Multiple sclerosis (MS) is an autoimmune disease affecting the central nervous system (CNS), resulting from the interaction among genetic, epigenetic, and environmental factors. Vitamin D is a secosteroid, and its circulating levels are influenced by environment and genetics. In the last decades, research data on the association between MS and vitamin D status led to hypothesize a possible role for hypovitaminosis D as a risk factor for MS. Some gene variants encoding proteins involved in vitamin D metabolism, transport, and function, which are responsible for vitamin D status alterations, have been related to MS susceptibility. This review explores the current literature on the influence of vitamin D-related genes in MS susceptibility, reporting all single-nucleotide polymorphisms (SNPs) investigated to date in 12 vitamin D pathway genes. Among all, the gene codifying vitamin D receptor (VDR) is the most studied. The association between VDR SNPs and MS risk has been reported by many Authors, with a few studies producing opposite results. Other vitamin D-related genes (including DHCR7/NADSYN1, CYP2R1, CYP27A1, CYP3A4, CYP27B1, CYP24A1, Megalin-DAB2-Cubilin, FGF-23, and Klotho) have been less investigated and achieved more conflicting evidence. Taken together, findings from the studies reviewed cannot clarify whether and to what extent vitamin D-related gene variants can influence MS risk.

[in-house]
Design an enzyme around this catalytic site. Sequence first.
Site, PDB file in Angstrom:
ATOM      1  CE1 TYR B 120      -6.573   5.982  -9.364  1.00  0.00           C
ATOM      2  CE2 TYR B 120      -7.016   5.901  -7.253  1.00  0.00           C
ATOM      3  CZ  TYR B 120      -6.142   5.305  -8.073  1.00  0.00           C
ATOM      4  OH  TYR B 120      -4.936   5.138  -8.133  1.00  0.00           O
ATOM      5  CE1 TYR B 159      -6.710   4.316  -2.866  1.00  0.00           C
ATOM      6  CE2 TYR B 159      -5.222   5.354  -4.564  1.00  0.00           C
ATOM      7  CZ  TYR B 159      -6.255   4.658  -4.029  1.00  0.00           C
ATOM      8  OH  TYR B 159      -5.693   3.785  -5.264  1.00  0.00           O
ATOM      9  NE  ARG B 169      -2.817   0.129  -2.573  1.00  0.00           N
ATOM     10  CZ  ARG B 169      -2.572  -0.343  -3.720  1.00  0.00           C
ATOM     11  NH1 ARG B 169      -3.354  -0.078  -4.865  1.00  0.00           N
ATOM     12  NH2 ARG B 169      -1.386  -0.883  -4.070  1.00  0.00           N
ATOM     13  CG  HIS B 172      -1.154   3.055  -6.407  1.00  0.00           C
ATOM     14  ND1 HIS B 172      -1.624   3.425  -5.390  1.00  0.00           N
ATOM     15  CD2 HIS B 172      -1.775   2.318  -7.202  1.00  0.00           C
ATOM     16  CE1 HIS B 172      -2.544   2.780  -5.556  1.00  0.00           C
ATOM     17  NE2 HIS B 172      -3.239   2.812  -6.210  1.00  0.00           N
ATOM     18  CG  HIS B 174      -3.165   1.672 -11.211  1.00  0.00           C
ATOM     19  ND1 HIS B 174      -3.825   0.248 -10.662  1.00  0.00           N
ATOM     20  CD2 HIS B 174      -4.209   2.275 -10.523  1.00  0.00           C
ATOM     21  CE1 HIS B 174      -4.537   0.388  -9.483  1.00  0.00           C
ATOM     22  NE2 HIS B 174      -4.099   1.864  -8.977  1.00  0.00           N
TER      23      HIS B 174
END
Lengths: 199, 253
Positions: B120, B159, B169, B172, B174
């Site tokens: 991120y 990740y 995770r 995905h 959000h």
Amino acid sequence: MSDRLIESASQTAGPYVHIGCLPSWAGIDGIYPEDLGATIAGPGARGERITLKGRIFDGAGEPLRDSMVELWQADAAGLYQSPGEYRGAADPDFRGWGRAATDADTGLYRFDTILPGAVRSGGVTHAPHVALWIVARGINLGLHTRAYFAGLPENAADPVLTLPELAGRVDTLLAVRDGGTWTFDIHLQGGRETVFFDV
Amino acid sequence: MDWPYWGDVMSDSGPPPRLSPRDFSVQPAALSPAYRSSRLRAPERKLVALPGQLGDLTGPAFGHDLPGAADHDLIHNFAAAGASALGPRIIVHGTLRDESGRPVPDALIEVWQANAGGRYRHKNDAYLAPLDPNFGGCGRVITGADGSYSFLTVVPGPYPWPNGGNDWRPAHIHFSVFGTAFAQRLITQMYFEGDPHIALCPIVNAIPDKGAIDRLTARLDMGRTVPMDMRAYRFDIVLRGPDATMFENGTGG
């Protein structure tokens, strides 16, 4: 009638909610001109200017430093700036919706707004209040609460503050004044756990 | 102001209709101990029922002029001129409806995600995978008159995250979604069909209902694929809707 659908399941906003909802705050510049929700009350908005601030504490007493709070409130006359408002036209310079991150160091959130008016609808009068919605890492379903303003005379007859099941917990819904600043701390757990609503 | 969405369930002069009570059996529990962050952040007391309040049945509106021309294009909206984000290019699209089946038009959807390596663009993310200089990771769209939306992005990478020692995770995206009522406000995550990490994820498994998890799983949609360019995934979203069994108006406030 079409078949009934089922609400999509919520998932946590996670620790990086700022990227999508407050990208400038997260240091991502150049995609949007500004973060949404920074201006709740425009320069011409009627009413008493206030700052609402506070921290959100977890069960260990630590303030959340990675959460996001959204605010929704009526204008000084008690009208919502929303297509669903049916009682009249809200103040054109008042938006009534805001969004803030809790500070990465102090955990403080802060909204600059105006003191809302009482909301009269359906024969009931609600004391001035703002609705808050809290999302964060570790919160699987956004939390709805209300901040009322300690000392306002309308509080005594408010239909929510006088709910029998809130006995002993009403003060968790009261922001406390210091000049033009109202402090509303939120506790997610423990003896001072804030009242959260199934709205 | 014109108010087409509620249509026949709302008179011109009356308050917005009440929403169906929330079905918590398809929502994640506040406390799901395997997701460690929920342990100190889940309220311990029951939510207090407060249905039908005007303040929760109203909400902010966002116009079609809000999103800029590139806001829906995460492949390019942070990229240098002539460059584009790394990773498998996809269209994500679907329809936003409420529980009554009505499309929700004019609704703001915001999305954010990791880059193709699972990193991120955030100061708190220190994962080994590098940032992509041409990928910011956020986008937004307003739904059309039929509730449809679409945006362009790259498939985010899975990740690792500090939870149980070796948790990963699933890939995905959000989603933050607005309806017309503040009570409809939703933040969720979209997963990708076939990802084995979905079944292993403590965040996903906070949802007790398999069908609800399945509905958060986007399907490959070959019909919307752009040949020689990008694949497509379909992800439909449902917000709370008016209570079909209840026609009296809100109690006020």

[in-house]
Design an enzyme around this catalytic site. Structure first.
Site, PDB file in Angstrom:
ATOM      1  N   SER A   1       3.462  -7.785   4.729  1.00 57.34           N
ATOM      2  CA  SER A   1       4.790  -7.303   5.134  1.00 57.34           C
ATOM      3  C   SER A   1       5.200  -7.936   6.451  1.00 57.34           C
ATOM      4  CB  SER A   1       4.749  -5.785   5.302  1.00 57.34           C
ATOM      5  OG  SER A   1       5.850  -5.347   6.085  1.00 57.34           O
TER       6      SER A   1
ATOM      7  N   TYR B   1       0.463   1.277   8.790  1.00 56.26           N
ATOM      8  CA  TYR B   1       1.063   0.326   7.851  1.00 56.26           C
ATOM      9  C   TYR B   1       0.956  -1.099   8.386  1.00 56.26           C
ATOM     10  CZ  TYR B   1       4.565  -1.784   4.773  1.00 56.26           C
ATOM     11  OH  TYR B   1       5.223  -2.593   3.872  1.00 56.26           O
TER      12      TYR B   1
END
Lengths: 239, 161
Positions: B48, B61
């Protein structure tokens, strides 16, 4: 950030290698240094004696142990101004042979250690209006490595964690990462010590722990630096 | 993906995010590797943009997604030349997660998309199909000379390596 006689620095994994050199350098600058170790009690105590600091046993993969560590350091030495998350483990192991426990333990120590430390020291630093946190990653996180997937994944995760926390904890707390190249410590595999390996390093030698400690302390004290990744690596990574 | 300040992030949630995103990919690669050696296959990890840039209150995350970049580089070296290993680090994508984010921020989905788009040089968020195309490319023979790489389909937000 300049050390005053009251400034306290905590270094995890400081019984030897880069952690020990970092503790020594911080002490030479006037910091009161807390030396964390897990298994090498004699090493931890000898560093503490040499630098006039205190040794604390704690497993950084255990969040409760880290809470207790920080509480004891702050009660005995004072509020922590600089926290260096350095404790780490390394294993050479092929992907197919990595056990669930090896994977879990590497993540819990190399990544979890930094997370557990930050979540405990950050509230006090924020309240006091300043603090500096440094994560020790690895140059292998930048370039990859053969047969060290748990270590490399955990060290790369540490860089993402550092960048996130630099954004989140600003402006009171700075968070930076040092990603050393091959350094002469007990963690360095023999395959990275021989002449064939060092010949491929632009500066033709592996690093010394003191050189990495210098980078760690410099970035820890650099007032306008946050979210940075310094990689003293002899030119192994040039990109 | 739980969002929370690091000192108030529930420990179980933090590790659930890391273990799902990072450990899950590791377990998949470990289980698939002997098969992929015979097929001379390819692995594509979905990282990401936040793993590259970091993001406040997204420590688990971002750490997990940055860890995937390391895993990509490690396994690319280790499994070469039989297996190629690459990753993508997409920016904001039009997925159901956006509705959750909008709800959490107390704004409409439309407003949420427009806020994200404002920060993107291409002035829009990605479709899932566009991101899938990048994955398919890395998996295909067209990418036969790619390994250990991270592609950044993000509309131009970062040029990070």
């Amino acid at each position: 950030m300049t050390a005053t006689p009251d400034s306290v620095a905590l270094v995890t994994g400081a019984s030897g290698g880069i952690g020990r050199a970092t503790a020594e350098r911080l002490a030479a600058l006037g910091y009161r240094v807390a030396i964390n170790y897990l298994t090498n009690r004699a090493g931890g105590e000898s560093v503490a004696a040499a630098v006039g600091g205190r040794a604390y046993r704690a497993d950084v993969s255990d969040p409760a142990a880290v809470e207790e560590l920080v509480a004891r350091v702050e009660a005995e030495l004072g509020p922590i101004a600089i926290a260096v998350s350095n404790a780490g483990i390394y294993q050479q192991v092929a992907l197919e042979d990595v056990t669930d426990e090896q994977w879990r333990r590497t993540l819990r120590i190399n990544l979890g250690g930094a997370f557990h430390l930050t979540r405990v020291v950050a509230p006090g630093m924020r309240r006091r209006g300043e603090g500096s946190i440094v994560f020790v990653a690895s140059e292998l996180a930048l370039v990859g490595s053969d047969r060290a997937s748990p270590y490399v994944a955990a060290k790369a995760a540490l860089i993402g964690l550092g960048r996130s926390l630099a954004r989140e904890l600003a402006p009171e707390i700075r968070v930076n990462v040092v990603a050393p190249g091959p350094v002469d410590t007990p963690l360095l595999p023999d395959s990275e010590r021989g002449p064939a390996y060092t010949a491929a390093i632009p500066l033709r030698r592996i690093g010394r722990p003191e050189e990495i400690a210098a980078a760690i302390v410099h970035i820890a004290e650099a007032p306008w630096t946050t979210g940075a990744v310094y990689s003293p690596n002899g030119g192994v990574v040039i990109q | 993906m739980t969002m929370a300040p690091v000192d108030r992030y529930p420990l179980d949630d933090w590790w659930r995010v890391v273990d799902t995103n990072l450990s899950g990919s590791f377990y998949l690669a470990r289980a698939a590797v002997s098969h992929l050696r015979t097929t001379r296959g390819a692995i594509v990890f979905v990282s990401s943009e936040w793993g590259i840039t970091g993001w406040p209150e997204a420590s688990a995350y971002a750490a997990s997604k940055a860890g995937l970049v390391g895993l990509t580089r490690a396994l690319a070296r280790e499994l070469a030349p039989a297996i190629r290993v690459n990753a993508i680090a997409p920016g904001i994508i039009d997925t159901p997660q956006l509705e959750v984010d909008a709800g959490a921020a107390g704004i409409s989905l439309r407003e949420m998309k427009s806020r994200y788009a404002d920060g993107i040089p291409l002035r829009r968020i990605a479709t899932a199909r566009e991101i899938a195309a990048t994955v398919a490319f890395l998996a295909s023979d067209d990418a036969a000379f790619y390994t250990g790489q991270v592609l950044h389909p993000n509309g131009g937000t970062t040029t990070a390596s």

|Number of pages||30|
|Publication status||Published - 2021|
All Science Journal Classification (ASJC) codes
- Ecology, Evolution, Behavior and Systematics
- Molecular Biology